In Most of What You Know About Addiction is Wrong, distinguished psychiatrist Anirudh Kala debunks common myths on the largely misunderstood topic of addiction. The book introduces readers to the ways in which humankind has been engaging with addictive substances over time and our complicated ongoing relationship with them.
Beginning with the early humans and the formation of their bonds with mind-altering substances, it goes on to share a comprehensive account of the use of various substances in India with a special focus on Punjab. In the late 80s, drug addiction peaked in Punjab and it continues to be a major public health concern today. The book closely examines the links between addiction and the social and economic changes plaguing the state, urging policy makers and law enforcement to stop viewing addiction through a moralistic prism and to adopt a more holistic and scientific approach to manage it.
Both the history and the science of addiction are explained in an easy-to-read, accessible style. The nature-versus-nurture debate about the origins of addiction also feature prominently in the book. The benefits of decriminalization and legalization of addictive substances, which countries like Portugal have achieved through pragmatic initiatives are substantiated with ample data. Statistics about the number of people using drugs or affected by addictions are not just quoted; readers are shown how to derive meaning from this data.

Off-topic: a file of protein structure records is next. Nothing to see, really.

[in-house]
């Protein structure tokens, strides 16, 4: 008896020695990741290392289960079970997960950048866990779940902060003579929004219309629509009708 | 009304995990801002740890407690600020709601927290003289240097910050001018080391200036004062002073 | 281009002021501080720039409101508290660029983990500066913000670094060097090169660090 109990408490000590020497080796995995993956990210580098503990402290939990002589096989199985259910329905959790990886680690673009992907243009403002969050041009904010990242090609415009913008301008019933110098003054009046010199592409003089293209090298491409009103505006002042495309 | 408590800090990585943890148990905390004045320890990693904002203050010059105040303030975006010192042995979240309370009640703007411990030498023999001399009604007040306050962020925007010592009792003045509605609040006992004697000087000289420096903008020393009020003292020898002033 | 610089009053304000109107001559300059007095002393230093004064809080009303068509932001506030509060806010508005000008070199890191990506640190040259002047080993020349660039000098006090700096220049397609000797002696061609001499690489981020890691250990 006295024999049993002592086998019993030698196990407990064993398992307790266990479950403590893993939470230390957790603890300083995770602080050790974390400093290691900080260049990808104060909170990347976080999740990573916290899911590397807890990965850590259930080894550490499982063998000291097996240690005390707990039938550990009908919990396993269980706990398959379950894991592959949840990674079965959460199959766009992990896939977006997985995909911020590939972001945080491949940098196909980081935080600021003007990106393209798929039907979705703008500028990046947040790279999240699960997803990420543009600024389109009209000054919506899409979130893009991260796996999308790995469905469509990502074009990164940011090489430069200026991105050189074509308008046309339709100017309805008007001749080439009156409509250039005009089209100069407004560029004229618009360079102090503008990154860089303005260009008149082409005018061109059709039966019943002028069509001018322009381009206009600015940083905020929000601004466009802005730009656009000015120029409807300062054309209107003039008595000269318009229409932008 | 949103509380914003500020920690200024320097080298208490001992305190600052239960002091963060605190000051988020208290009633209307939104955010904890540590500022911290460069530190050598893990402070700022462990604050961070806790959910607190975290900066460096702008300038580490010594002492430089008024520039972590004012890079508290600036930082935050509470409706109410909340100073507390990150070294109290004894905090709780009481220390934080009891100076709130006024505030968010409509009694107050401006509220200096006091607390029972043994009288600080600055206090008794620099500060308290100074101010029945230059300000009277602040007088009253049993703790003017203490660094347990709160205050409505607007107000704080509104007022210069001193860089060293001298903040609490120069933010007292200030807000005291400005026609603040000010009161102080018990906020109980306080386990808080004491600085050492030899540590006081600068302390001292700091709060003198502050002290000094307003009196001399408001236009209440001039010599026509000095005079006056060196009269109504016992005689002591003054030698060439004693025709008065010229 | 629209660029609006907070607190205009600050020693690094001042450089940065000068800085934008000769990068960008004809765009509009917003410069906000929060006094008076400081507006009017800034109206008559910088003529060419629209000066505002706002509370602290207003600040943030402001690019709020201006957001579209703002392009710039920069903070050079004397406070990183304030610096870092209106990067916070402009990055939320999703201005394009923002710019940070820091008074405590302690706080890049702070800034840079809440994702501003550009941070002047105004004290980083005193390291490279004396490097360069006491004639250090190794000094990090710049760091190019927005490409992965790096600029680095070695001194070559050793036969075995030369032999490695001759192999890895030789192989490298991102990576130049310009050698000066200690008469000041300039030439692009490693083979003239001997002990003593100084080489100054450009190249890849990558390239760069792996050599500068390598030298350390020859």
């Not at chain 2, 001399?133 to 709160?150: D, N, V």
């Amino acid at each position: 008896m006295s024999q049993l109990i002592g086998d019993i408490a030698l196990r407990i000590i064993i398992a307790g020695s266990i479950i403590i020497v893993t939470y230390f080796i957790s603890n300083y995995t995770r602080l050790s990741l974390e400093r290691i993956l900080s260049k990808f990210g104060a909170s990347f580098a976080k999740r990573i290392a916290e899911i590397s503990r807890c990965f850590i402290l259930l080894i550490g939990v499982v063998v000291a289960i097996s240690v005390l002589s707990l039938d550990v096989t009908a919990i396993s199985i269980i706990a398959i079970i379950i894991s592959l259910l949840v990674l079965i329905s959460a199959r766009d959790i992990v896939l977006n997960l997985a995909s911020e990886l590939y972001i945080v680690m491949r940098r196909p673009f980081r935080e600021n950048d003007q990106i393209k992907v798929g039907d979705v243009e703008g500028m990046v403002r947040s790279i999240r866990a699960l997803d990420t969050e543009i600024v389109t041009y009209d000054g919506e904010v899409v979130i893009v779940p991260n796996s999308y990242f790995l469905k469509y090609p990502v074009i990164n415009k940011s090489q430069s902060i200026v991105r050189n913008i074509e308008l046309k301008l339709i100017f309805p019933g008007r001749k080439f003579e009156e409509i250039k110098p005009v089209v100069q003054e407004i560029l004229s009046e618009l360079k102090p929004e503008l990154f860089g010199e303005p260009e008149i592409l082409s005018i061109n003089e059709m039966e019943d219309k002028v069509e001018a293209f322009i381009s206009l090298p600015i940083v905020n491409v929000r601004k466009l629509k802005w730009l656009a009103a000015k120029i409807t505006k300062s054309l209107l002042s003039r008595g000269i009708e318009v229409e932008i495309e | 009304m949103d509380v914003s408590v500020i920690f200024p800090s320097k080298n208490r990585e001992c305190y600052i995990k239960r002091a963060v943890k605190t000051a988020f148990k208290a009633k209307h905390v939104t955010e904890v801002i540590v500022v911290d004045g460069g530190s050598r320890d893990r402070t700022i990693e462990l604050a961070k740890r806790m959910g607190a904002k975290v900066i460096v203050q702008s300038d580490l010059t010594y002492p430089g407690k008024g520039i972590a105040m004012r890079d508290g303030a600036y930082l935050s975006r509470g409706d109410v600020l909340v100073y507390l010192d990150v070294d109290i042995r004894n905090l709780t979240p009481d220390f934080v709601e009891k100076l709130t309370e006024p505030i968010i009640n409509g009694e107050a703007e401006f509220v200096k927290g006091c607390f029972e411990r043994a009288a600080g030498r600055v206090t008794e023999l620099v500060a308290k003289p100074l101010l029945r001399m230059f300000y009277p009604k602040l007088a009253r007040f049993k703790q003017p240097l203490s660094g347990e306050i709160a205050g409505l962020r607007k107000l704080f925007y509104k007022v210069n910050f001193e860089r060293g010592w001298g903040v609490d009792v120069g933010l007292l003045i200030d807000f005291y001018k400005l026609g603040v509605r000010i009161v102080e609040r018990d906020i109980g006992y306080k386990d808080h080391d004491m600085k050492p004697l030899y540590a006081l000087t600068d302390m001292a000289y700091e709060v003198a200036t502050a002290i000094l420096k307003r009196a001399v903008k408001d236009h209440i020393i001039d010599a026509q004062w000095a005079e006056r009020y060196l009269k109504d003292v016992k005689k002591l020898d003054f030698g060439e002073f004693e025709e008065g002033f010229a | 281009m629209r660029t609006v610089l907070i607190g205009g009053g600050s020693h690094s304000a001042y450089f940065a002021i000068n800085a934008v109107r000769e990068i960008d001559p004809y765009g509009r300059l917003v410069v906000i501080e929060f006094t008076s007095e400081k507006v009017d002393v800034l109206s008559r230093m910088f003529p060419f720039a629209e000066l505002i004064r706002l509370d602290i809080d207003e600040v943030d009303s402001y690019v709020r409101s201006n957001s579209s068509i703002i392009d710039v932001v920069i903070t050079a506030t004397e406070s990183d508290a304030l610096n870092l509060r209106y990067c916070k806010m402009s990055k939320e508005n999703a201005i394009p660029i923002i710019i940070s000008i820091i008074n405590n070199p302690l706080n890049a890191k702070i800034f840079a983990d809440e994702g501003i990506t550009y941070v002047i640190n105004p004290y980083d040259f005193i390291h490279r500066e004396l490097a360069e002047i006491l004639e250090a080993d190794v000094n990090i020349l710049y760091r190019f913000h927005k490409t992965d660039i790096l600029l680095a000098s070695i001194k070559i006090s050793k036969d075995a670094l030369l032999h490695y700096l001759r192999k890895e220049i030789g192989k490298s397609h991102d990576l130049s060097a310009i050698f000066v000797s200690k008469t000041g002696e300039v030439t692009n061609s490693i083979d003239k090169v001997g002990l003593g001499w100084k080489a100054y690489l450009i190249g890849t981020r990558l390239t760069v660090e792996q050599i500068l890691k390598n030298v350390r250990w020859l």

Most of What You Know About Addiction is Wrong sends out a set of well-researched, informed and timely messages about how mature societies should be handling addictive drugs. This makes the book essential reading for policy makers, politicians, health professionals as well as general readers everywhere.